If humans don't start doing more to protect the environment we could see 16 percent of the Earth's wildlife go extinct, according to a new study.
The research published Thursday in the journal Science claims that for every increased degree in temperature, the rate of extinction will be accelerated.
The research -- which analyzed more than 100 other previous studies to estimate the full impact -- found extinction risks would be highest in South America, Australia, and New Zealand. Amphibians and reptiles face the greatest risk of extinction, but animals like penguins that rely on packed ice could also be in trouble.
Study author Mark Urban told The Verge it's important to realize animal species extinction would have negative consequences for every human being.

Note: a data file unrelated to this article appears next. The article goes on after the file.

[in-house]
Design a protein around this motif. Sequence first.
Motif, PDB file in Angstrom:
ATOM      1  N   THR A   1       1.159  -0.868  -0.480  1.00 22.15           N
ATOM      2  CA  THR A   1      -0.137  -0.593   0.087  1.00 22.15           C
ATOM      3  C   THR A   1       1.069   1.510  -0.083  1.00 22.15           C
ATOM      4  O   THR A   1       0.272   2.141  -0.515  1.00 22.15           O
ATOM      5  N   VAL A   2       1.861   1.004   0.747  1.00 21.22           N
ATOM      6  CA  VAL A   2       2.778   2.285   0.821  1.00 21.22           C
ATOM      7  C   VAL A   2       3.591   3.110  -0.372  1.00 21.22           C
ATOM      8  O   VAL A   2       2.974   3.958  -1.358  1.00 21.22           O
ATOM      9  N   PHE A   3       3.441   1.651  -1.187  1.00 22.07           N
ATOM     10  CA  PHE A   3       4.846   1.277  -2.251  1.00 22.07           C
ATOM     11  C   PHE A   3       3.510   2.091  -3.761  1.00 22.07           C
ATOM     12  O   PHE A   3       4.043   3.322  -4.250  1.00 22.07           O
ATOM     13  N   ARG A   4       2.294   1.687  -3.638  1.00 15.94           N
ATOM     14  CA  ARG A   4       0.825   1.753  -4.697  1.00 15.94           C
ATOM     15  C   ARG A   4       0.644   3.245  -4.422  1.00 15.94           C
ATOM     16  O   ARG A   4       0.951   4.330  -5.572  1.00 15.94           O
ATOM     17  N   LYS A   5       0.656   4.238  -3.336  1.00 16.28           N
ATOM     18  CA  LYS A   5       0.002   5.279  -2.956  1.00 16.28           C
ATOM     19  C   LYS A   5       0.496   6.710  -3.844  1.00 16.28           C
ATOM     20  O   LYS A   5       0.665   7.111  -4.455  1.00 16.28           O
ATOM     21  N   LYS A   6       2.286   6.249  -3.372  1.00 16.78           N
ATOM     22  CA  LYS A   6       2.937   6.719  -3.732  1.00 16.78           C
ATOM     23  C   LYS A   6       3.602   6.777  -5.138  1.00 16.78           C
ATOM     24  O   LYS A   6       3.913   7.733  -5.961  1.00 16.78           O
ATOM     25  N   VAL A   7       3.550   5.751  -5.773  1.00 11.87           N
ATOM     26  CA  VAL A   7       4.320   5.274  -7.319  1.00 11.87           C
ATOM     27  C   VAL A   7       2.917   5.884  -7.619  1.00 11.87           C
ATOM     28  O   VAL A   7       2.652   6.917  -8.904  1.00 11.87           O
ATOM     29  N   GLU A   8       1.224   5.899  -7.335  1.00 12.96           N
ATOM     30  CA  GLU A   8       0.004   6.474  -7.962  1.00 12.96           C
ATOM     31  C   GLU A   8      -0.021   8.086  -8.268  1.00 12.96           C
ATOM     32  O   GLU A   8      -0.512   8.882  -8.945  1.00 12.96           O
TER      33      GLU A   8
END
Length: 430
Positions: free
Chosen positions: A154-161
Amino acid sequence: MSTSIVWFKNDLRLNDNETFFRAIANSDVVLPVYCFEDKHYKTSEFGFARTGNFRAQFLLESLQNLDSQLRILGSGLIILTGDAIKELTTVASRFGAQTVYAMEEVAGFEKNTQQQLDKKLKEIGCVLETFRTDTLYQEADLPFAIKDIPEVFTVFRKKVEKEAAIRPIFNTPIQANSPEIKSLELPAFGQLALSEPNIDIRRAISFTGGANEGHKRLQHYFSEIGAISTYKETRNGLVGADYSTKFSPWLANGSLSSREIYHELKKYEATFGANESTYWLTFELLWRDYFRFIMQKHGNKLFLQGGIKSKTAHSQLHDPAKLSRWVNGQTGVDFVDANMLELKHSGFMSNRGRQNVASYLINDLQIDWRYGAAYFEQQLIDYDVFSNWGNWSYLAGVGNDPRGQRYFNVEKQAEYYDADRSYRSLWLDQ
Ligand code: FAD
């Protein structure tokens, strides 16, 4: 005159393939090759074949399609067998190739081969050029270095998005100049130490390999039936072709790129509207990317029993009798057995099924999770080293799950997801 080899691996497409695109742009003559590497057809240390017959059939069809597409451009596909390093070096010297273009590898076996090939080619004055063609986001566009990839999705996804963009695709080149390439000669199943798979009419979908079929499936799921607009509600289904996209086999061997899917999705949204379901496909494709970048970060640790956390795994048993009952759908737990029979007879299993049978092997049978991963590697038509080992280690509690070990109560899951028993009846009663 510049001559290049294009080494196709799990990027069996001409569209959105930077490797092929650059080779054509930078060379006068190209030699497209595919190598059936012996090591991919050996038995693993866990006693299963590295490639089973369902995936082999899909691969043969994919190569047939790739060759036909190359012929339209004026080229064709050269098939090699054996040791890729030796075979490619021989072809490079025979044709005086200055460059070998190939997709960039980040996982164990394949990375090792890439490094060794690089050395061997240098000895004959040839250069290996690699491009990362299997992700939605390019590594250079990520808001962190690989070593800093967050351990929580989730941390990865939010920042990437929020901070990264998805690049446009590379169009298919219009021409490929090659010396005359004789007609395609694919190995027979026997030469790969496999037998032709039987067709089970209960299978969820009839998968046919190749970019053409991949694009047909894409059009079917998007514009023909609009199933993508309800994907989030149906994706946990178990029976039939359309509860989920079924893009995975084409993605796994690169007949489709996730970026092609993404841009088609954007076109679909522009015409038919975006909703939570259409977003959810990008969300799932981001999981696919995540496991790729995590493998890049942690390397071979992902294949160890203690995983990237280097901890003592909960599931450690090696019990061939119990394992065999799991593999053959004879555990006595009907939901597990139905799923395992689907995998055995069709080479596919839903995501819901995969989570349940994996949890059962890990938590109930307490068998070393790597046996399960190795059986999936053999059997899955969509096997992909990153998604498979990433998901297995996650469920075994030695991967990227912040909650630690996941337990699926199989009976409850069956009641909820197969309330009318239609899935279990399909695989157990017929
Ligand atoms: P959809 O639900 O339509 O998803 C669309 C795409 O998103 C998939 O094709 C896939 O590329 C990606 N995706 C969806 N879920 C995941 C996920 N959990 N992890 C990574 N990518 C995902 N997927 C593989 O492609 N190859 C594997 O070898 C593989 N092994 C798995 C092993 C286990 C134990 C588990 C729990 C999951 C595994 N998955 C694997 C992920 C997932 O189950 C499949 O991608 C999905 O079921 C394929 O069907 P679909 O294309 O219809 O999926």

"Global biodiversity provides the foundation for economy, culture, food, and human health," he said.
President Obama also touched on this issue in his weekly address last week.
"Today there is no greater threat to our planet than climate change, 2014 was the planet's warmest year on record," Obama said. "The fact that the climate is changing has very serious implications about the way we live now, stronger storms, deeper droughts, longer wildfire seasons."
Urban says it will take the implementation of strict policies to stop the detrimental affects of climate change - something he hopes will be addressed at the U.N. Conference of the Parties to the U.N. Framework Convention on Climate Change in December.